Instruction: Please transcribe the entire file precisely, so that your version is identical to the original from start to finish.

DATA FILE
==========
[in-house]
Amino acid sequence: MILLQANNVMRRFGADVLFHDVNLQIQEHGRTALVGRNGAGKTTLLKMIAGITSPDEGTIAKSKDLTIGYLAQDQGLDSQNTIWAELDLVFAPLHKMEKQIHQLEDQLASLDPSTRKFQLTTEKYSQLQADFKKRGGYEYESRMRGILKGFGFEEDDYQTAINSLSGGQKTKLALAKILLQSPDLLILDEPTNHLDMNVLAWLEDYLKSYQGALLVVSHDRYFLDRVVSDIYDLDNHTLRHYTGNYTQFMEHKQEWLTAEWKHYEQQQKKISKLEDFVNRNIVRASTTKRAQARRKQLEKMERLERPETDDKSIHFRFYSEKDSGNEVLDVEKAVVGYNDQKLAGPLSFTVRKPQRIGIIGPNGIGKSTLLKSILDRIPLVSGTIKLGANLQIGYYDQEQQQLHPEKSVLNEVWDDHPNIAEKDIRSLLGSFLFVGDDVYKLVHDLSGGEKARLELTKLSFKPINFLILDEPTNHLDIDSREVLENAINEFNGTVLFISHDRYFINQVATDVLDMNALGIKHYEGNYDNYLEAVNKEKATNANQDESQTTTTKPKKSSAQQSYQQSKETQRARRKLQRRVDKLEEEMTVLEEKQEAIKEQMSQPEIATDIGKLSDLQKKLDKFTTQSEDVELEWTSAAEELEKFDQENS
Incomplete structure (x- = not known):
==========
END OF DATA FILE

[in-house]
Amino acid sequence: MILLQANNVMRRFGADVLFHDVNLQIQEHGRTALVGRNGAGKTTLLKMIAGITSPDEGTIAKSKDLTIGYLAQDQGLDSQNTIWAELDLVFAPLHKMEKQIHQLEDQLASLDPSTRKFQLTTEKYSQLQADFKKRGGYEYESRMRGILKGFGFEEDDYQTAINSLSGGQKTKLALAKILLQSPDLLILDEPTNHLDMNVLAWLEDYLKSYQGALLVVSHDRYFLDRVVSDIYDLDNHTLRHYTGNYTQFMEHKQEWLTAEWKHYEQQQKKISKLEDFVNRNIVRASTTKRAQARRKQLEKMERLERPETDDKSIHFRFYSEKDSGNEVLDVEKAVVGYNDQKLAGPLSFTVRKPQRIGIIGPNGIGKSTLLKSILDRIPLVSGTIKLGANLQIGYYDQEQQQLHPEKSVLNEVWDDHPNIAEKDIRSLLGSFLFVGDDVYKLVHDLSGGEKARLELTKLSFKPINFLILDEPTNHLDIDSREVLENAINEFNGTVLFISHDRYFINQVATDVLDMNALGIKHYEGNYDNYLEAVNKEKATNANQDESQTTTTKPKKSSAQQSYQQSKETQRARRKLQRRVDKLEEEMTVLEEKQEAIKEQMSQPEIATDIGKLSDLQKKLDKFTTQSEDVELEWTSAAEELEKFDQENS
Incomplete structure (x- = not known):